History

19680803 NGMTU Staff

After the close of the National Matches, held annually at Camp Perry, it was tradition for a group of three to five leaders within the marksmanship program to meet at National Guard Bureau to review the states after-action reports from the matches and to make program recommendations for the following year.

Marksmanship Committee Reports show that as far back as 1962 there was concern that a position at the national level should be established whose full-time responsibility is to improve the marksmanship program. Problems encountered by the All Guard Teams during their first two years of active competition clearly demonstrated the need for full-time support and coordination by a permanent agency. The weapons accurization program initiated in 1965, which employed an armorer on a 6-month basis, was a step in the right direction, but it did not go far enough.

The Marksmanship Committee Report of 1966 recommended that a National Guard Marksmanship Training Center (NGMTC) be established as a unit semi-permanently attached to a suitable state headquarters and that the unit should provide the following for the All Guard Teams:

1. A training program and a match competitive schedule culminating annually in the National Matches.
2. A supply function covering procurement, storage, maintenance, and issue of suitable weapons, ammunition, optical and competitive equipment, individual distinctive team uniforms, etc..
3. A weapons accurization facility of the highest order to include machine rest and ammunition testing equipment.
4. Fiscal support to include allocation and payment of team expenses, equipment purchases, and travel expenses.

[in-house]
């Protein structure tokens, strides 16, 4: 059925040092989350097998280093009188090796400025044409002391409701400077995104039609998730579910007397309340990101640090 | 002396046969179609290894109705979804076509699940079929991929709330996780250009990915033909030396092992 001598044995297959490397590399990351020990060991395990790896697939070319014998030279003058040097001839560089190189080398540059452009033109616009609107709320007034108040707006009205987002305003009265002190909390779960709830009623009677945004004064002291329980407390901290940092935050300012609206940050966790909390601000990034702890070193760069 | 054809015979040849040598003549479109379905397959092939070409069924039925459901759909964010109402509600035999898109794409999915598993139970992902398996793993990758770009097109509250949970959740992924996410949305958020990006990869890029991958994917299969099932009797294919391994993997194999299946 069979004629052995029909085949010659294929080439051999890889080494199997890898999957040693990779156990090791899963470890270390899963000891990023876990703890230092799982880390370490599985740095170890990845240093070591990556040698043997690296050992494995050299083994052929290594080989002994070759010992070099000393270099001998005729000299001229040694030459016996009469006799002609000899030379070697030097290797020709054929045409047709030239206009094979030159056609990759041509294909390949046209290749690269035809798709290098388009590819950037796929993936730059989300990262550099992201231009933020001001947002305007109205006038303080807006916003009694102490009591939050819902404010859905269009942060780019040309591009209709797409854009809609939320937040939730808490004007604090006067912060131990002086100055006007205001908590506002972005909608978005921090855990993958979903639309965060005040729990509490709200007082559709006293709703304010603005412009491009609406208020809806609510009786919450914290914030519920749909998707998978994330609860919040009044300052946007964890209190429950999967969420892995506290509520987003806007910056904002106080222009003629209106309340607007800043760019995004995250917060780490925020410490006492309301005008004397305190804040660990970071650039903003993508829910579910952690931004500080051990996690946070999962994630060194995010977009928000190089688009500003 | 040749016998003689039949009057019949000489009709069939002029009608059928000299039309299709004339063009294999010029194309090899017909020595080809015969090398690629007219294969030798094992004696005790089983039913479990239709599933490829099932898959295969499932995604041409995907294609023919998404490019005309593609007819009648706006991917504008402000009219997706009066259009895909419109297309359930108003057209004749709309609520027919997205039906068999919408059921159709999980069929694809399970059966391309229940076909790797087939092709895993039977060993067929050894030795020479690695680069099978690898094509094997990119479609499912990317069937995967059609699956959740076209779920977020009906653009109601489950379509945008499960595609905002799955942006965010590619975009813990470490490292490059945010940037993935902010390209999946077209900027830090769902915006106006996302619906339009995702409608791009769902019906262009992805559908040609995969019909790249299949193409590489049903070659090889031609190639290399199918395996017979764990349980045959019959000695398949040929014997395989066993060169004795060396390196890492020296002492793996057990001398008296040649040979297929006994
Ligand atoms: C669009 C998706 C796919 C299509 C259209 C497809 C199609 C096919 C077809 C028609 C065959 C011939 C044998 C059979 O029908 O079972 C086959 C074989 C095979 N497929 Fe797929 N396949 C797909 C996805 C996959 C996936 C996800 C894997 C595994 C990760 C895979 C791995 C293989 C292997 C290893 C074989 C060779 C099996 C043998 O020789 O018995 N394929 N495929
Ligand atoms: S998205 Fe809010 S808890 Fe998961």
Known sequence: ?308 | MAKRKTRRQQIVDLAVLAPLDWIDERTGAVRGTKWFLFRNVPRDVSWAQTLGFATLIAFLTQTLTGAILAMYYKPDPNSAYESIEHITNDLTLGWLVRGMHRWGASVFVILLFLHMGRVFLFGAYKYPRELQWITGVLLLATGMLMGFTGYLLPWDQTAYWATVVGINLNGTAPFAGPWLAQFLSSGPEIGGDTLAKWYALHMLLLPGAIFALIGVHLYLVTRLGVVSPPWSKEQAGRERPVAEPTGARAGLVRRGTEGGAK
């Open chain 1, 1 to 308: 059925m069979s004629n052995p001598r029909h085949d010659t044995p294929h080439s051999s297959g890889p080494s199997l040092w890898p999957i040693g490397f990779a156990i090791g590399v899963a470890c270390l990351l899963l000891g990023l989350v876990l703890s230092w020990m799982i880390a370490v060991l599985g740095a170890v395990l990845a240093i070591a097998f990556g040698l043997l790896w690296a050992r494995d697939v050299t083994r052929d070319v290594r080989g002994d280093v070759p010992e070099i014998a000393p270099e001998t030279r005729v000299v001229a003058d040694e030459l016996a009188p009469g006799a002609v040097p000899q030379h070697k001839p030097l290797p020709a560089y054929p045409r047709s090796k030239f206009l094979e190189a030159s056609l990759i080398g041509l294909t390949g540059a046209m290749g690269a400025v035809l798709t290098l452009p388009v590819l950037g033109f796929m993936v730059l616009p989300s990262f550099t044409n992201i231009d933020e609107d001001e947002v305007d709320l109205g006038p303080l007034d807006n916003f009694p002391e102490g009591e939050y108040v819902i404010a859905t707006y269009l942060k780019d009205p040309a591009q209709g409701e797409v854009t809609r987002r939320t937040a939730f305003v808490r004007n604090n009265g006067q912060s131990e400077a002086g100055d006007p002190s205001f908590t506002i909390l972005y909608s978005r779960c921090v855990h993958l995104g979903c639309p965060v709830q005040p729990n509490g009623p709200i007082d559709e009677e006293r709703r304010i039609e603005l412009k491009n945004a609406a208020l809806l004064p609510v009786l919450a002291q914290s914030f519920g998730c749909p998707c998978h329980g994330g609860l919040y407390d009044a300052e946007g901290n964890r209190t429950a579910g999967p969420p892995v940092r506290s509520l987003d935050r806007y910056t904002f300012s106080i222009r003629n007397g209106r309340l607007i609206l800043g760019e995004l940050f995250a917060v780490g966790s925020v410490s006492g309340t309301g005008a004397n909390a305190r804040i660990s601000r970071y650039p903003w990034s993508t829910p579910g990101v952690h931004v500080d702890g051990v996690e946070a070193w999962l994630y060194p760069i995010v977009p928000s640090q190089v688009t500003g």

5. Command representation of suitable rank and background to represent the NGB at major matches, Army Area meetings, the National Rifle Association, Director of Civilian Marksmanship , NBPRP, and the National Match Staff.

It was further recommended that the selection of a location for the NGMTC meet the following criteria:

1. Favorable climate
2. Availability of pistol and high power rifle ranges
3. Billet and Mess facilities
4. Ease of reaching by various means of transportation
5. The availability of qualified personnel to properly man the unit

The states were invited to submit proposals for establishing the NGMTC, and after reviewing the proposals, the state of Tennessee was selected by the NGB. The NGMTC was established in Nashville, Tennessee at the National Guard Armory in February of 1968 with an Army Table of Distribution and Allowances (TDA) calling for 22 ARNG personnel (6 officers, 2 warrant officers, and 14 enlisted). The executive officer, two armorers, and an NCO had guard technician status. In the fall of 1968, the unit was augmented with eight ANG positions, which complemented the Army TDA.

The NGMTC was later moved from Nashville , Tennessee and reorganized effective 1 June 1990 at Camp Joseph T. Robinson in North Little Rock , Arkansas . The unit was housed in several buildings on Camp Robinson until 14 October 1992 when the Hebert R. Temple Marksmanship Center was dedicated at the present location.

 

 

NGMTC today

The National Guard Marksmanship Training Center is divided, primarily, into two divisions, which are a.) schools and b.) competitions.

a. The NGMTC schoolhouse offers world class instruction in the proper use of the various small arms weapon systems available to the National Guard through a variety of small arms courses such as Sniper, Squad Designated Marksman, and Squad Automatic Weapons Expert.

b. The competitions held at the NGMTC include, among others, the notable Winston P. Wilson Matches and the Armed Forces Skill at Arms Meeting, the Chief, National Guard Bureau Postal Matches, and the National Guard Sniper Championship.

The NGMTC still fulfills the traditional role for which it was established, but today is even more critical than ever imagined. It daily trains service members in advanced marksmanship and improves their combat survivability, so that warrior skill readiness meets our military’s needs within global affairs.

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